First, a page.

What are DSLR telephoto lenses?
DSLR lenses come in several types and each one of them offers unique functionality. Telephoto lenses are usually used when the photographer can’t or shouldn’t get too near to the subject for various different reasons. Telephoto lenses are useful especially for the purpose of enlarging distant subjects. It is also known to produce a shallow field of depth and it can deplete the obvious distance between the objects in the foreground and at the background. It is applicable for several different types of photography such as sports, wildlife, portraits, macro and sometimes, even landscape photography.
Overview on DSLR telephoto lenses
A telephoto lens usually has a focal length longer than the standard lens which is 50 mm. It magnifies its subject several factor up depending on the mm specification of the lens. For example, a 200mm lens has a focal length that is 4 times higher than the standard 50mm lens. Hence, a subject which is captured by a 200mm telephoto lens will be magnified by a factor of four from its real-life size.
DSLR telephoto lenses come either in prime telephoto lenses (fixed focal length) or zoom telephoto lenses. Prime telephoto lenses provides a higher standard quality of photo and zoom telephoto lenses, on the other hand, offer convenience as photographers may adjust the zoom-in and zoom-out settings as they please.
The focal length of telephoto lenses usually starts somewhere around 85mm and it can go up to 800mm and higher. The cost of the lens goes up together with the length and it also gets bulkier and heavier. There are three groups of telephoto lenses such as:
- Short telephoto lenses – 85mm – 135mm, suitable for portraits
- Medium telephoto lenses – 135mm – 300mm, suitable for sports and wildlife
- Super telephoto lenses – 300mm and above, suitable for far sports, wildlife, landscapes and astrophotography
Telephoto depth of field and aperture
Since telephoto lenses have longer focal length compared to normal lenses, it usually produces a smaller depth of field, which directly translated to blurriness of the background and foreground image. As the telephoto lenses get longer, it gets harder to focus on the subject. Therefore, to avoid blurriness in the photo, there must be wide enough aperture that can assist the lens to achieve a fast shutter speed. However, it is also important to note that as the focal length gets longer and the aperture gets wider, the lens get more and more expensive.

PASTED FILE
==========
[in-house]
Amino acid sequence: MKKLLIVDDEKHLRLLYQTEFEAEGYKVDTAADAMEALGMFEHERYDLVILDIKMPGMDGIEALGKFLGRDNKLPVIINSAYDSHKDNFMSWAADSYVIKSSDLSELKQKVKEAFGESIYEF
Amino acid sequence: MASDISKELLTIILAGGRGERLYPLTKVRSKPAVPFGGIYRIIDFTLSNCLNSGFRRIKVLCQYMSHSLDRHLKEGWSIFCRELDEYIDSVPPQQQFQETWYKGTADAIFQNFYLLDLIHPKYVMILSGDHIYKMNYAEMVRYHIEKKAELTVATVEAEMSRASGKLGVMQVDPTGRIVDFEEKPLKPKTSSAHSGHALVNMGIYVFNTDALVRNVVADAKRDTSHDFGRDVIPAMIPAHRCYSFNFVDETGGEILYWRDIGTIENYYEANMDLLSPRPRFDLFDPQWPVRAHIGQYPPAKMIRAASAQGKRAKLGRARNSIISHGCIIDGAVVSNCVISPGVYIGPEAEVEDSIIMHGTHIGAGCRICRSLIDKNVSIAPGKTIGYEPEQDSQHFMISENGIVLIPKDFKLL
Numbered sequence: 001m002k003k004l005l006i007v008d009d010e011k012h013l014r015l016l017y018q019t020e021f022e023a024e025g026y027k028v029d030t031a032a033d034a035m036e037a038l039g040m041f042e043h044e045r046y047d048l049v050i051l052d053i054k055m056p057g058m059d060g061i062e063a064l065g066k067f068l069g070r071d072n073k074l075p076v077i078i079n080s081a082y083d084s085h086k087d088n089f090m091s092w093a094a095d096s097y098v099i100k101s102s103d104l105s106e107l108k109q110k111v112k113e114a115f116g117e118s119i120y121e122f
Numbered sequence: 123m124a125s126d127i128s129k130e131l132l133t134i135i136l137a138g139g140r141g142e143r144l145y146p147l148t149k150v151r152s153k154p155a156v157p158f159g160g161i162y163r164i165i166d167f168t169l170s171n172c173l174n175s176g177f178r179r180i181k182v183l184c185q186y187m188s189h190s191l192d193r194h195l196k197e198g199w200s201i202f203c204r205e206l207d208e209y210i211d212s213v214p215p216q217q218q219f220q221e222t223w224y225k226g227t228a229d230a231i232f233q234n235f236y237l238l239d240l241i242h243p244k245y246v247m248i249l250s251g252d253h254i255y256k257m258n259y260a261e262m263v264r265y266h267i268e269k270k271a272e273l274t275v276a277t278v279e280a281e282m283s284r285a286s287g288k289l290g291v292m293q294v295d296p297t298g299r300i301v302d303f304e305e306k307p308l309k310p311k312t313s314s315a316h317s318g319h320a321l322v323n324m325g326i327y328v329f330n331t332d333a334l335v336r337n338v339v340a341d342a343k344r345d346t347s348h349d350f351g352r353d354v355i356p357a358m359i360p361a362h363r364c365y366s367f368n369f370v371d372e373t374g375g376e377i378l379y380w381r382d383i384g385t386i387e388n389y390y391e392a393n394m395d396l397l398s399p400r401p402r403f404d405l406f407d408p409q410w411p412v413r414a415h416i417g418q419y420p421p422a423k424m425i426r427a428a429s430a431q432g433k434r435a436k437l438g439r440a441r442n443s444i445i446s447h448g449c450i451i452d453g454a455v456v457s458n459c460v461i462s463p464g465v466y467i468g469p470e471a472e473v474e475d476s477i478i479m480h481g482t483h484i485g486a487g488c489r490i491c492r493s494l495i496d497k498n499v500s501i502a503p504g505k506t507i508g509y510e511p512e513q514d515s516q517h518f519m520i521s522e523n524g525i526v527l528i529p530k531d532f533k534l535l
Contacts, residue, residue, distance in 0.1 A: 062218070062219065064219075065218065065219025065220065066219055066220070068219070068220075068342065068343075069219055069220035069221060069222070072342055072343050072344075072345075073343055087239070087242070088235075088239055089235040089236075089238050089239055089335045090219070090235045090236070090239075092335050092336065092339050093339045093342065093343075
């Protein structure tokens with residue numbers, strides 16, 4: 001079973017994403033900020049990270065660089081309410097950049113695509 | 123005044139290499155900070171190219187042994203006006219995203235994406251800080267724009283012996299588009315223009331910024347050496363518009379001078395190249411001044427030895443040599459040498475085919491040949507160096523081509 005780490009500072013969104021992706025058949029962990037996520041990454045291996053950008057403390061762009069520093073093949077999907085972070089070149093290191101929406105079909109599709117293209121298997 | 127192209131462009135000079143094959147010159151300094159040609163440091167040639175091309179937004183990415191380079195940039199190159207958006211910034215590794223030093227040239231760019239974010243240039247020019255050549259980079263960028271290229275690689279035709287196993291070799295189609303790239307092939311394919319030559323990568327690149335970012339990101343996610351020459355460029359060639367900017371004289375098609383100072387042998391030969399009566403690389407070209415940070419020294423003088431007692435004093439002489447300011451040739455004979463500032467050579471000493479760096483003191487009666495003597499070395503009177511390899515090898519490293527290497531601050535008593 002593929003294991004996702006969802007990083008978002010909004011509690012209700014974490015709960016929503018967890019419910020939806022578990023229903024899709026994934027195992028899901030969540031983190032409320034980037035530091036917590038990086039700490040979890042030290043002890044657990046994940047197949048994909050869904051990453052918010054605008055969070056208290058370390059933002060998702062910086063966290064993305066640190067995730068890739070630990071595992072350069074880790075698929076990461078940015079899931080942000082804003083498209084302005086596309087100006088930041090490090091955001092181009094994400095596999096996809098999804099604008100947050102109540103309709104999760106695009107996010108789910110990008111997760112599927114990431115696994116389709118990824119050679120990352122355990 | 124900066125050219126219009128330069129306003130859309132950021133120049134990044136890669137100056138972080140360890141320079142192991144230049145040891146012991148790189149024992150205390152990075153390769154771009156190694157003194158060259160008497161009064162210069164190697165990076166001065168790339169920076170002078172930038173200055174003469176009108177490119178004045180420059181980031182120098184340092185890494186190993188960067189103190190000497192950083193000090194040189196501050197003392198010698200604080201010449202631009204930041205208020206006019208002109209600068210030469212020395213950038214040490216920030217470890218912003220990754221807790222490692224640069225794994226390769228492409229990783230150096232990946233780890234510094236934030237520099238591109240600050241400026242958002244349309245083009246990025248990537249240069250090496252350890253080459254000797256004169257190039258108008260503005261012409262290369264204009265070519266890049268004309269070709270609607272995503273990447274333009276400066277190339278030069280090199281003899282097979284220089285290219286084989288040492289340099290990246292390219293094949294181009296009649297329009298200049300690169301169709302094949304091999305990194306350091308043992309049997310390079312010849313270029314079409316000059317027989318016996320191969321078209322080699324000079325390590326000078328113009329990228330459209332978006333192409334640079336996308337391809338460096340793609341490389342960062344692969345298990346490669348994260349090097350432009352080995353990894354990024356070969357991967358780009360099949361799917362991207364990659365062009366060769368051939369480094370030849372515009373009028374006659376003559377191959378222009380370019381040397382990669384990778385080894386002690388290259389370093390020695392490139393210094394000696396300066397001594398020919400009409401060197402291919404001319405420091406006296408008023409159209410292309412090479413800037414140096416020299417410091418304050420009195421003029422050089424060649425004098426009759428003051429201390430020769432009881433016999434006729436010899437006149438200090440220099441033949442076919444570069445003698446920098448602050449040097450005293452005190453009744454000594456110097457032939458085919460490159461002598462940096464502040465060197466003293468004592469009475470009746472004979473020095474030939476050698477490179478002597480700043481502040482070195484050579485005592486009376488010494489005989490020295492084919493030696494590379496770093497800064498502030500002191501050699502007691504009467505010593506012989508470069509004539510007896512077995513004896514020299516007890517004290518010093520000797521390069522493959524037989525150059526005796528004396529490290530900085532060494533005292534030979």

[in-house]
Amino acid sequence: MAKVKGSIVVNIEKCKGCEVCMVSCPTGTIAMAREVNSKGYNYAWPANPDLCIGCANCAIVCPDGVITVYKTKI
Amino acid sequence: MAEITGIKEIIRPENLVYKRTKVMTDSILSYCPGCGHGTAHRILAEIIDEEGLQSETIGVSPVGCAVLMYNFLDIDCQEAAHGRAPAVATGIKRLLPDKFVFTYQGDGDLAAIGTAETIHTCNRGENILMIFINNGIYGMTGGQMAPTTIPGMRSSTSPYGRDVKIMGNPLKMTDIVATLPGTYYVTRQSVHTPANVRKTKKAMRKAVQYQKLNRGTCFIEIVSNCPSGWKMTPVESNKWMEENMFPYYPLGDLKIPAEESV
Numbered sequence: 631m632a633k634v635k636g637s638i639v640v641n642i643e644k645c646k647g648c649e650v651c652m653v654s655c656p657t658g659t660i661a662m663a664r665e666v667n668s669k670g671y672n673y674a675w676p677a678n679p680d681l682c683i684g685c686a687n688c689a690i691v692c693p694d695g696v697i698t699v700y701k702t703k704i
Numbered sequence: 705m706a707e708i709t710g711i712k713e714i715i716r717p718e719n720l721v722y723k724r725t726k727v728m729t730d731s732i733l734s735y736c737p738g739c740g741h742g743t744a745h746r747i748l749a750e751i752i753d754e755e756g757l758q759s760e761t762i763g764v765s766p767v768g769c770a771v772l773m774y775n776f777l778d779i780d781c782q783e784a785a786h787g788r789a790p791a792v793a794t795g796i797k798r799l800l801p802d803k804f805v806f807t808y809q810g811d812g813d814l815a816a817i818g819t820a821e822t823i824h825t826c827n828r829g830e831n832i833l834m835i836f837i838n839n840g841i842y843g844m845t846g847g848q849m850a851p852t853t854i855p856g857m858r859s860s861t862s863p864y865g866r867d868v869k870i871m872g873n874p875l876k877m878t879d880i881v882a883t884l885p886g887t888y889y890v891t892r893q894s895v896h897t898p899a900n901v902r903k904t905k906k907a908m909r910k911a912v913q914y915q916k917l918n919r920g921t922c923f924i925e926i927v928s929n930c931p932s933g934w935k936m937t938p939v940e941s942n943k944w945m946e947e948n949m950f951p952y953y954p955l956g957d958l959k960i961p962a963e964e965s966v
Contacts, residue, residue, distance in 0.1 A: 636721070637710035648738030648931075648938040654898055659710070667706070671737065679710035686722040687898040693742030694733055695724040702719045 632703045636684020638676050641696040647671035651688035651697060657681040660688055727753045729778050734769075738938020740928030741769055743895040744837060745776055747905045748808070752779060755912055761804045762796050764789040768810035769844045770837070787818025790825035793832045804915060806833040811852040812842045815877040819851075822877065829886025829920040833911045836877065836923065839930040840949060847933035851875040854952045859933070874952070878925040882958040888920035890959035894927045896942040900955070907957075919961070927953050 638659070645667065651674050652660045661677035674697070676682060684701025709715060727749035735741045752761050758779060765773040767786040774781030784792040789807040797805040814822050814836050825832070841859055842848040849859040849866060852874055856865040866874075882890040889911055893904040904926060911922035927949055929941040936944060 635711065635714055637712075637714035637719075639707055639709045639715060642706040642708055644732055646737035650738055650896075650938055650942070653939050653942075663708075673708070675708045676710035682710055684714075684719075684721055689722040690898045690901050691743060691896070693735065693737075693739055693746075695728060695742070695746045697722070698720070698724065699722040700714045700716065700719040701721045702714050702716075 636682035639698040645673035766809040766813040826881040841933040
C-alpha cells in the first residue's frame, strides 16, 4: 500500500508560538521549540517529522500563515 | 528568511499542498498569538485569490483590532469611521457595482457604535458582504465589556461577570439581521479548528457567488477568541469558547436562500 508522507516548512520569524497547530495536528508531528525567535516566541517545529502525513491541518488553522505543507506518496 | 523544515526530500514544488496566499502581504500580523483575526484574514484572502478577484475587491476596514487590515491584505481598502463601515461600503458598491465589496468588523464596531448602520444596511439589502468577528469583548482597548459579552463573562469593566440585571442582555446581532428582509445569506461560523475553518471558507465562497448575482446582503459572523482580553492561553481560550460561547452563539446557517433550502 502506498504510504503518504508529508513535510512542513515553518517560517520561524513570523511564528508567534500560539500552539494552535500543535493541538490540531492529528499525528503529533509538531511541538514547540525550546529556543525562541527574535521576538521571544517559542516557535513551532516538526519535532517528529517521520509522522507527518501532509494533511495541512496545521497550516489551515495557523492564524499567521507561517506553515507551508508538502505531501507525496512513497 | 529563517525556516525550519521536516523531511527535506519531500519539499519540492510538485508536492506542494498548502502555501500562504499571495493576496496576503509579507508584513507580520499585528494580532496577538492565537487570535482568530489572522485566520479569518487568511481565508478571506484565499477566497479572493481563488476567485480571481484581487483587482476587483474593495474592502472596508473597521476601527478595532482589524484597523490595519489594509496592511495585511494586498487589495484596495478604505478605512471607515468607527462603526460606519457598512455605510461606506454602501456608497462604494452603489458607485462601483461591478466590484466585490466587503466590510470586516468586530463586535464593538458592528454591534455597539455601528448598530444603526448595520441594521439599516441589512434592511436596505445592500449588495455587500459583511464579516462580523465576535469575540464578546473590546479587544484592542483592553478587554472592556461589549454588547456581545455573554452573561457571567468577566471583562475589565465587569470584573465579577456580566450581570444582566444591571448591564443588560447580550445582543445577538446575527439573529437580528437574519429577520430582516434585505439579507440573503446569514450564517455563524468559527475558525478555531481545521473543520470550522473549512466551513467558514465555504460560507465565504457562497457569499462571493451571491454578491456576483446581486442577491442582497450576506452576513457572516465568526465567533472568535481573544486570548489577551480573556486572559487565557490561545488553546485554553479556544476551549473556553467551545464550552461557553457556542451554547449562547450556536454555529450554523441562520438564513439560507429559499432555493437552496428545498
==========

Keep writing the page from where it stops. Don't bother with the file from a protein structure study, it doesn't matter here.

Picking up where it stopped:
Perspective of telephoto
DSLR telephoto lenses are known to produce a visual effect known as foreshortening. Due to the shallow depth of field, telephoto lenses often make objects in the image to appear very close to each other, way closer than they are in the real life. The images can also appear to be in 2-dimensional view because of the absence of distant between the objects. This foreshortening is helpful for photographers who wish to increase the manifestation of compression or congestion in the photo. Another effect caused by telephoto lenses can be seen in the size of the distant objects as they can look somewhat enlarged. This can be quite helpful for those who want to capture and emphasis the background object. For example, the photographer might want to focus on a majestic mountain or the beautiful full moon which is usually located in the background.
Extra accessories of telephoto lenses
Super telephoto lenses are prone to camera shake. The shallow depth of field makes the focusing more difficult and telephoto lenses with minimum aperture may have slow shutter speeds and are exposed to the shakiness of the hands. Therefore, it is quite impossible to shoot using telephoto lenses without seeing the blurry effect, unless the lenses come with Optical Stabilization (OS) feature. Hence, a camera tripod or monopod is usually required during the shooting in order to attain sharp and blur-free images. The telephoto lenses are also bulkier and heavier than the normal lenses. Monopod and tripod can definitely help to carry the weight and lift off some of the strains from the arms.
When to use telephoto lenses?
1) When you want to capture, enlarge and emphasize the distant object
2) When you want to capture fast sports actions or moving wildlife
3) When you want to capture a macro image of animals without wanting to get too close to the animal and disturb them or make them run away
4) When you want to shoot for portrait photography
5) When you want to shoot landscape and produce different perspectives (e.g. frame-filling shots)
Here, we are sharing with you a video that further explains how to use telephoto lenses on your digital SLR. Have a look at the video below.